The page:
Alto Presbyterian Church in Alto (Richland Parish) was recently added to Louisiana's Most Endangered Places list, according to the Louisiana Trust for Historic Preservation.

Since 1999, the Louisiana Trust for Historic Preservation has identified these endangered historic places to advocate for their preservation and protection. More than 140 sites have been nominated to date – 19 have been lost, 38 have been rehabilitated, the rest remain actively threatened, including this year’s 11 new sites.

“Historic buildings and sites are the fingerprints of our communities and it takes creative measures to preserve and protect them for future generations,” said Brian Davis, Executive Director of the Louisiana Trust. “Strategic partnerships, tax credits and programs like LTHP’s revolving fund can save buildings many people may consider too far gone.”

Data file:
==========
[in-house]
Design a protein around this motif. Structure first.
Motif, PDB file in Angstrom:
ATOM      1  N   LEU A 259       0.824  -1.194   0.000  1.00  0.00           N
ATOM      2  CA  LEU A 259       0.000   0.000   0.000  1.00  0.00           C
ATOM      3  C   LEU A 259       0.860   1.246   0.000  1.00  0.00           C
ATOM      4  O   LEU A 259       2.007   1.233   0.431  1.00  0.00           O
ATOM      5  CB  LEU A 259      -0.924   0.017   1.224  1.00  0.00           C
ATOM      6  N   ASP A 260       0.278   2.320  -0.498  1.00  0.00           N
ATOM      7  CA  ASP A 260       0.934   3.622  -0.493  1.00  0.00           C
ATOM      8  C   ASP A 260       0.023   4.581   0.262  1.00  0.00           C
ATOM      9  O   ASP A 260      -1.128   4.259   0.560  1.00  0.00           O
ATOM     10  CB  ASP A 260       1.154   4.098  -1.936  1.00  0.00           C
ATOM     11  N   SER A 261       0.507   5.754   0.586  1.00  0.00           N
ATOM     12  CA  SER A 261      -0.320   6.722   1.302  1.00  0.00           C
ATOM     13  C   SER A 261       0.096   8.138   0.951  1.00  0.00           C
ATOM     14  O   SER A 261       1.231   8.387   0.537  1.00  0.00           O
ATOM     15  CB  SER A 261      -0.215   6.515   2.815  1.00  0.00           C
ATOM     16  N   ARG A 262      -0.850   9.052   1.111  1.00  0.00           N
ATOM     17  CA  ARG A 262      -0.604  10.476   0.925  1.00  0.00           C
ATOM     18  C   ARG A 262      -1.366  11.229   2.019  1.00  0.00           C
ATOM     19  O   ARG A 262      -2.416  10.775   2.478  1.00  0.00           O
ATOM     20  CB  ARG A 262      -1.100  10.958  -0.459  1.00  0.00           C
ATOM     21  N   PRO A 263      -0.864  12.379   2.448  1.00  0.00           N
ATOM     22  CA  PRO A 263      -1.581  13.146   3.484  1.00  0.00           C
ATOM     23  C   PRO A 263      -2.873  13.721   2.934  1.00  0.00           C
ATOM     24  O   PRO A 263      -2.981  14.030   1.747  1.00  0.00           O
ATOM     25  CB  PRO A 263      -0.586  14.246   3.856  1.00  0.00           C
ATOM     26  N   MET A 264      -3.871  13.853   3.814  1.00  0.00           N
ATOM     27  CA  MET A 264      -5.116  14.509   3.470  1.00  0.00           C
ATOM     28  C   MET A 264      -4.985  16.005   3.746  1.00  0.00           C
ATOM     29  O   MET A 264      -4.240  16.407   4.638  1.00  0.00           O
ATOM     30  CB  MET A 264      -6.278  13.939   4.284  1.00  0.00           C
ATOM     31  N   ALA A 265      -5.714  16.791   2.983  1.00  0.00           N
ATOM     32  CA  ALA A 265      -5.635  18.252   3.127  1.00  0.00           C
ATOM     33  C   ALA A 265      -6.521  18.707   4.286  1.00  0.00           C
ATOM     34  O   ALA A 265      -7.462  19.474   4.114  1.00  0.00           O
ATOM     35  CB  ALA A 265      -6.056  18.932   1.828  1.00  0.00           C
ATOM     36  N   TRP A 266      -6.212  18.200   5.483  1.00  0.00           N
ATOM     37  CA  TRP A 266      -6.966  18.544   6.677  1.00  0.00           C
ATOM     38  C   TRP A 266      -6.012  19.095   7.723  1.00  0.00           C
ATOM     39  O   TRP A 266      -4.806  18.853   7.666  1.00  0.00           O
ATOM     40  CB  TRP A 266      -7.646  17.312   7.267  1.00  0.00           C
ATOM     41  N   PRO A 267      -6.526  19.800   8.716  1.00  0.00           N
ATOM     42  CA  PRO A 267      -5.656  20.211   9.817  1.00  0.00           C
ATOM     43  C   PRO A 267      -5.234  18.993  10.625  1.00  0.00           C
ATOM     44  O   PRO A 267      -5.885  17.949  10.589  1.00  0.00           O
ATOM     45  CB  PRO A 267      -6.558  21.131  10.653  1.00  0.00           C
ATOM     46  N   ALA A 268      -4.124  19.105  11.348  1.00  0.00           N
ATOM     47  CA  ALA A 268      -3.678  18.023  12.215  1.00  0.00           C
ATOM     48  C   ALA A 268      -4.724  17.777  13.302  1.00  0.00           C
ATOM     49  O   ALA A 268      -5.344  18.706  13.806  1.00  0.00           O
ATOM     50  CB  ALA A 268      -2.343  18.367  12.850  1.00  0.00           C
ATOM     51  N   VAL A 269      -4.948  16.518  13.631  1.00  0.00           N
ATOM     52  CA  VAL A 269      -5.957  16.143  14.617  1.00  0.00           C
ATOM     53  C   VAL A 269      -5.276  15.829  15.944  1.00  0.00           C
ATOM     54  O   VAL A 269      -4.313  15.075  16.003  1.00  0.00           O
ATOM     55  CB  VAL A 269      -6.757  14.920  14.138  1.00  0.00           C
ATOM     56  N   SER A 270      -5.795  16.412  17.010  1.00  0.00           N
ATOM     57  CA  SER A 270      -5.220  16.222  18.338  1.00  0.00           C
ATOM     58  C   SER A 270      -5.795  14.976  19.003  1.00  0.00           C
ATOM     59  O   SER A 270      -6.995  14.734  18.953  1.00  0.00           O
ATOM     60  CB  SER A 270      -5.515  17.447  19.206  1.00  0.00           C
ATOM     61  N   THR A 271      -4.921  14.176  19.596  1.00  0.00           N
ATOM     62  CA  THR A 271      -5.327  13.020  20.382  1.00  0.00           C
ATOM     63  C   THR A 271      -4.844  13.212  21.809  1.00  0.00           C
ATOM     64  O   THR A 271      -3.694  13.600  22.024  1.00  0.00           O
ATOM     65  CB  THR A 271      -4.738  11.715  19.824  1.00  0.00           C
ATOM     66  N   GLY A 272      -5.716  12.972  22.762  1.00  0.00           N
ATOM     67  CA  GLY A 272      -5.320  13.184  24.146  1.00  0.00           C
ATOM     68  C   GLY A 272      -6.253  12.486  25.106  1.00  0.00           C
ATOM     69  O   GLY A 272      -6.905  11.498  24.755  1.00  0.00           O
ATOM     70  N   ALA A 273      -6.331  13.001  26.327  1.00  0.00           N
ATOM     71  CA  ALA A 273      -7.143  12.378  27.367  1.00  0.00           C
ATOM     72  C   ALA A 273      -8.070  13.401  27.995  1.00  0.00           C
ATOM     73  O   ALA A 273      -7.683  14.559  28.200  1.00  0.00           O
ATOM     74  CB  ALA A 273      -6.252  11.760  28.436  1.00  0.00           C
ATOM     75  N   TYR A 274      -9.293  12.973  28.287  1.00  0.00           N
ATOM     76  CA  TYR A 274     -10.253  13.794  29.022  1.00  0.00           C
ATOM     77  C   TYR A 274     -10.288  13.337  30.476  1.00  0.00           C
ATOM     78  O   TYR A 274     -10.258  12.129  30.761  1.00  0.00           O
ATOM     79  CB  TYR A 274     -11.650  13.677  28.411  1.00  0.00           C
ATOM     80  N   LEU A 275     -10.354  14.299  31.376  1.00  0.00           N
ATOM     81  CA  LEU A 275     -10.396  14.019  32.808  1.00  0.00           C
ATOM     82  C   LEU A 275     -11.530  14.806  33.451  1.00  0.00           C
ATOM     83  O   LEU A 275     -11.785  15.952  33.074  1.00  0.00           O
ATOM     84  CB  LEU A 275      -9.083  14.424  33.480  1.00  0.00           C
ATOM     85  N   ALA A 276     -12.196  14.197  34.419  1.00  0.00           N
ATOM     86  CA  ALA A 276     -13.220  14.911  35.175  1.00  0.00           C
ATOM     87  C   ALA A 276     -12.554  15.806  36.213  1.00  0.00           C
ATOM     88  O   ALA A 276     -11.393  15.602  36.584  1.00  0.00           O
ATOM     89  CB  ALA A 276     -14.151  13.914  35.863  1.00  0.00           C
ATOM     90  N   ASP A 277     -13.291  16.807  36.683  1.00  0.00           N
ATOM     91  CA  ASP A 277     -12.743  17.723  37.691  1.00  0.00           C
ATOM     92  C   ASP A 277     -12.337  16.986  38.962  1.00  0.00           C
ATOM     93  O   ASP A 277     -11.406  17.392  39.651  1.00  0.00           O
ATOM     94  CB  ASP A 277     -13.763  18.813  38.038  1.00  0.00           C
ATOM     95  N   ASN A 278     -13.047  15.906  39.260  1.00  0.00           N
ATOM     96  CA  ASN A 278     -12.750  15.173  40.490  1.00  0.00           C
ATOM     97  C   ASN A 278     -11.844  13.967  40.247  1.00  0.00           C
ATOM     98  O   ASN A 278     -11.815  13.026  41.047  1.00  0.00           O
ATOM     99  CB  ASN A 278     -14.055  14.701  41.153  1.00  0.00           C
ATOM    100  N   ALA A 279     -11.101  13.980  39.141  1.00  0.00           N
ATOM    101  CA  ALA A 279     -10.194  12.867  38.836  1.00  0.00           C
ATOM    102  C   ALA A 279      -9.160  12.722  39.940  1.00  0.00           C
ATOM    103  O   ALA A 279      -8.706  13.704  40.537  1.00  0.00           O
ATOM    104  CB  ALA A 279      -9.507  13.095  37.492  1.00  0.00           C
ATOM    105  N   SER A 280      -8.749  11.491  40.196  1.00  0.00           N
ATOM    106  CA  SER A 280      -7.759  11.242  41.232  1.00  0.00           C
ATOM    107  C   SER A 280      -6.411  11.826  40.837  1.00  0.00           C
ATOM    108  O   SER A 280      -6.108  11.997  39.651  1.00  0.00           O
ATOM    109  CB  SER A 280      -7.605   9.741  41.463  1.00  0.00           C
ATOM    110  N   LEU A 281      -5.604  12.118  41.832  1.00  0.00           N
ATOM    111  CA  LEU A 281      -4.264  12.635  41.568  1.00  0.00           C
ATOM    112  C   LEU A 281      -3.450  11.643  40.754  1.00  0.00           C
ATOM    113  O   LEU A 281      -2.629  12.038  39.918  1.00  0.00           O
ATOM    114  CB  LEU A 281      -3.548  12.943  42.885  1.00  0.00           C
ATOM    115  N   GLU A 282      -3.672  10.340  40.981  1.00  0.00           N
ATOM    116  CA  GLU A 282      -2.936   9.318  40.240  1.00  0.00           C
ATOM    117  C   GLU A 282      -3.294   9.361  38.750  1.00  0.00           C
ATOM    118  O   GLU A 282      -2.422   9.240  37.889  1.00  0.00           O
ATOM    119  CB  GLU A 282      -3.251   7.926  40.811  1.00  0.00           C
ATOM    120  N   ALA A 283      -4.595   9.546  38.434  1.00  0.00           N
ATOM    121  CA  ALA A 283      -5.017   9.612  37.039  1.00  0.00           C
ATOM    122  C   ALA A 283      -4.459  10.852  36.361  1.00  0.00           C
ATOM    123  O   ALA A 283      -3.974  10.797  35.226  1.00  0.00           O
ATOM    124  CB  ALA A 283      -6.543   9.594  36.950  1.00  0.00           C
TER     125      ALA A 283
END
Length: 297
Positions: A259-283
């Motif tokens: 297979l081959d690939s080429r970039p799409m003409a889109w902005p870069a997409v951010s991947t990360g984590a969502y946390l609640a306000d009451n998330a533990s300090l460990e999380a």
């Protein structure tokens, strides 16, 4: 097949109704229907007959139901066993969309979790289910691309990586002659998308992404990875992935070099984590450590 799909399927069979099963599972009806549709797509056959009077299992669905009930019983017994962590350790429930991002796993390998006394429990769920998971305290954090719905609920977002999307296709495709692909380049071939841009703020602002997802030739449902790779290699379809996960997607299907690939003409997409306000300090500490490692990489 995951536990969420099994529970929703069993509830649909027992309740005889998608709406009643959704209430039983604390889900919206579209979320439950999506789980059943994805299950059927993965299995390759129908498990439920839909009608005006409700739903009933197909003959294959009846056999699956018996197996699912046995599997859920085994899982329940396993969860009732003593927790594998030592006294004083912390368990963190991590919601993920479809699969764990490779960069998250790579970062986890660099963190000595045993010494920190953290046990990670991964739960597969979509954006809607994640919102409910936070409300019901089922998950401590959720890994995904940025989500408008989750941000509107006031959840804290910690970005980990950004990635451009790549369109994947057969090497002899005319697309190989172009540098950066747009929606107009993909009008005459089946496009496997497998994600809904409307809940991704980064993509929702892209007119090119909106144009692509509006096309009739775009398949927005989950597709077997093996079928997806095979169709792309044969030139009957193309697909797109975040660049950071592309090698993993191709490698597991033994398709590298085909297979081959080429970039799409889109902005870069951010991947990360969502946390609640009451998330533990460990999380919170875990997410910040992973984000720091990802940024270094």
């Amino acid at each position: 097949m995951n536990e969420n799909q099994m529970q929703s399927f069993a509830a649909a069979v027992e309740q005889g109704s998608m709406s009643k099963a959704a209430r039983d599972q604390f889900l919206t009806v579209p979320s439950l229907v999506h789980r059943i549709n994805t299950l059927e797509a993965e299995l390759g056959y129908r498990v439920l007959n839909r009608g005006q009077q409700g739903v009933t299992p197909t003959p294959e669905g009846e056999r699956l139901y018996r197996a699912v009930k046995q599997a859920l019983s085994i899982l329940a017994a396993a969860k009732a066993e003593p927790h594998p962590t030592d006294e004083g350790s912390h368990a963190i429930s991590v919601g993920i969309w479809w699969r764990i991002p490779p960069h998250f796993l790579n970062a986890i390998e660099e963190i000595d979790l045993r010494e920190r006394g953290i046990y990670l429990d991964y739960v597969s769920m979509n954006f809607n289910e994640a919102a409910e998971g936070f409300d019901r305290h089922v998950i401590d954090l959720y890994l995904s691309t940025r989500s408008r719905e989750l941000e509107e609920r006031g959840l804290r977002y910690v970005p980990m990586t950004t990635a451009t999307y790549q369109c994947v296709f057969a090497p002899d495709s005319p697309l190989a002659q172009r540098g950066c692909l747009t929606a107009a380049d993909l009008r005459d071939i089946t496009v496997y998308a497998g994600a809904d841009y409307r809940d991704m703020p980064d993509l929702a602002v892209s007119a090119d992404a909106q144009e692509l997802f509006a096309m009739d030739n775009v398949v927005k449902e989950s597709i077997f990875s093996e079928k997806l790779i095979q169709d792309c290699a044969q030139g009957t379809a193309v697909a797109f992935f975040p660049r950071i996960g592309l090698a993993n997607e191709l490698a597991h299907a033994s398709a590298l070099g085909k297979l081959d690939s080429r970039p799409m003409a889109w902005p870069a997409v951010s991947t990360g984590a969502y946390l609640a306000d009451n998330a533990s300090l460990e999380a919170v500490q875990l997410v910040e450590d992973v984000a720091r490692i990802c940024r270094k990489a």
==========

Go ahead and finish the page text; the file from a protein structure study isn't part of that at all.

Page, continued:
The Alto Presbyterian Church was founded in 1872 and opened this sanctuary the following year. This vernacular frame building was constructed with local cypress. The front porch and additional Sunday School rooms were added during the “gas boom” of the 1920s and 1930s. Legend has it that the steeple’s brass bell is from the very last steamboat that traversed the Boeuf River. Inquiries for weddings and events continue to come in, but the church must decline due to the severe structural damage.

Currently, the church only holds service once a quarter. The congregation is working to repair and raise the foundation, improve drainage, rewire for updated safety and efficiency, and make the building a water-tight place to gather again.

The Church has received a $20,000 grant from the D. Thomason Fund of the First Presbyterian Church of Shreveport and continues other fundraising efforts to complete the necessary renovations.

Listing these places acknowledges their importance to the local community but also our statewide identity and economy. The list is generated from nominations made by the public and aims to attract creative approaches and resources to see the sites saved and rehabilitated for future generations.

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